perky seedling with two serrated arrow-shaped leaves and two smooth narrow leaves that curl over
Seedling of big leaf maple (Acer macrophyllum) has emerged from seed mixture, formed seed leaves, and has its first true leaves.

Something special fills the heart when you see little green wisps sprout up where you planted native seeds, or when you see roots growing out from the bottom of a slender branch you’ve stuck in water or potting soil. That’s new plant life, new native plant life, that you helped create. Your efforts are working!

Whether you want to try propagating wildflowers by tossing out seeds or grow new herbaceous species from cuttings, knowing what has worked for others will help you succeed. We’ve gathered together resources on many different aspects of propagation, from how to collect and clean seed, to how to keep all your materials clean in order to avoid spreading plant diseases.

Resources About Propagating Native Plants

Whether you want to try propagating wildflowers by tossing out seeds, or you want to grow new herbaceous species from cuttings, knowing what has worked for others will help you succeed. We’ve gathered together resources on many different aspects of propagation, from how to collect and clean seed, to how to keep all your materials clean in order to avoid spreading plant diseases.

Redbud Info About Propagation

Resources for Native Plant Seed Collecting, Cleaning and Storage. A list by Nancy Gilbert, long-time Redbud Horticulture Chair.

Forays into Propagating Native Plants — from Seed. This blogpost provides guidance and tips in all the phases of getting started with propagating native plants from seed.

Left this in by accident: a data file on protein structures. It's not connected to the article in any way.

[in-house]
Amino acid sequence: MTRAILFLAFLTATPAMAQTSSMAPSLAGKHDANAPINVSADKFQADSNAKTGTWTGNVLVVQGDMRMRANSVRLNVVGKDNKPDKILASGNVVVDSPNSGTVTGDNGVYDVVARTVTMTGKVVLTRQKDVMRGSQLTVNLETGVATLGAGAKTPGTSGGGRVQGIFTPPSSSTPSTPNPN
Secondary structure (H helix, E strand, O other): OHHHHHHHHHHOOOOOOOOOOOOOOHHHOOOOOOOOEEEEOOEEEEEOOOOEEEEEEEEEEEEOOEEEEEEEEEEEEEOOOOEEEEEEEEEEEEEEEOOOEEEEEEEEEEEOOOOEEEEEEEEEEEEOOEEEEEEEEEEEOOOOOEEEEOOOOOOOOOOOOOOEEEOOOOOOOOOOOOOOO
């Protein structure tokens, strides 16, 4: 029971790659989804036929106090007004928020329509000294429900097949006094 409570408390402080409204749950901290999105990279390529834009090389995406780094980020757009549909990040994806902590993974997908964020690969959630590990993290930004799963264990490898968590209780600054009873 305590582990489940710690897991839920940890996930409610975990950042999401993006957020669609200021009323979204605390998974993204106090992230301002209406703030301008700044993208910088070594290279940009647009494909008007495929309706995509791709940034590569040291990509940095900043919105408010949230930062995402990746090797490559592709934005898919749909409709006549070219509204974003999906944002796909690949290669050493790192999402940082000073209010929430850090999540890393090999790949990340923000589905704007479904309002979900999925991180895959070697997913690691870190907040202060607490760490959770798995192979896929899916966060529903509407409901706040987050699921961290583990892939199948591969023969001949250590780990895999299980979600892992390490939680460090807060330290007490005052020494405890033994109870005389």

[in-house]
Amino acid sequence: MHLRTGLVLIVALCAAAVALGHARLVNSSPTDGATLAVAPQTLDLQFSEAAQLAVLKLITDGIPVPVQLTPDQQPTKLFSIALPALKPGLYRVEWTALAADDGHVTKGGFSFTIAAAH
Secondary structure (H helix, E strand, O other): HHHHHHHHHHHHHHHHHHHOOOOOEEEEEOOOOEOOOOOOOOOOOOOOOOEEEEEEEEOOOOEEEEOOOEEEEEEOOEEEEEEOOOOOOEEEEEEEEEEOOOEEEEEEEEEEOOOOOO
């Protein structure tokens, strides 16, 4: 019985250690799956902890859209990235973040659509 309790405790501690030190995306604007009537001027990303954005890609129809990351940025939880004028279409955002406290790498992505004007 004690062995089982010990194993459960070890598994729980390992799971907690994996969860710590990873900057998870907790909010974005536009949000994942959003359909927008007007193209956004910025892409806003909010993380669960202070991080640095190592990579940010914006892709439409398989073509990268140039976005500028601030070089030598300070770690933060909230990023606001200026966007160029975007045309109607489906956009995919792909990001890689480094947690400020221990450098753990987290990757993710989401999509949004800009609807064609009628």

How to Help Seeds Break Dormancy. Jeanne Wilson, long-time Redbud propagator (and former chapter president) discusses the major methods of seed treatment — hot water, cold stratification, and scarification.

Seed Cleaning Techniques. Redbud video in which Shane Hanofee shows how to clean a variety of native-plant seeds.

Seed Treatments and Planting. Redbud video in which Shane Hanofee demonstrates and explains common seed treatments, such as hot-water treatment and cold stratification, as well as less common ones, such as scarification (roughing up the seed coat). He also shares how to do direct seeding.

Cultivating Humboldt Lily Seeds and Bulbs. Native-bulb expert Nancy Gilbert provides detailed information on how to grow these magnificent, locally-native flowering geophytes.

Other Useful Propagation Resources

Seed Propagation of California Native Plants. Dara Emery. Free downloadable version of the material in Dara Emery’s classic short useful book, provided by CNPS (Calscape). In 2021, this book was re-issued by the Santa Barbara Botanical Garden; available through the usual online retailers or by order via local bookstores.

A helpful guide to propagation techniques for native plants, from CNPS.

A propagation handbook developed and hosted by the Santa Cruz Chapter of CNPS.

NEW! Propagating Native Plants from Seeds. A free class on YouTube by Suzie Savoie, co-owner of Siskiyou Ecological Services and Klamath-Siskiyou Native Seeds. Covers ethical native-seed collection techniques, seed cleaning with basic home supplies, seed-germination requirements for specific species, growing natives in nursery containers, and direct-seeding techniques. Recording of a community education class offered by the FNR Land Steward Program of Oregon State University’s Southern Oregon Research and Extension Center.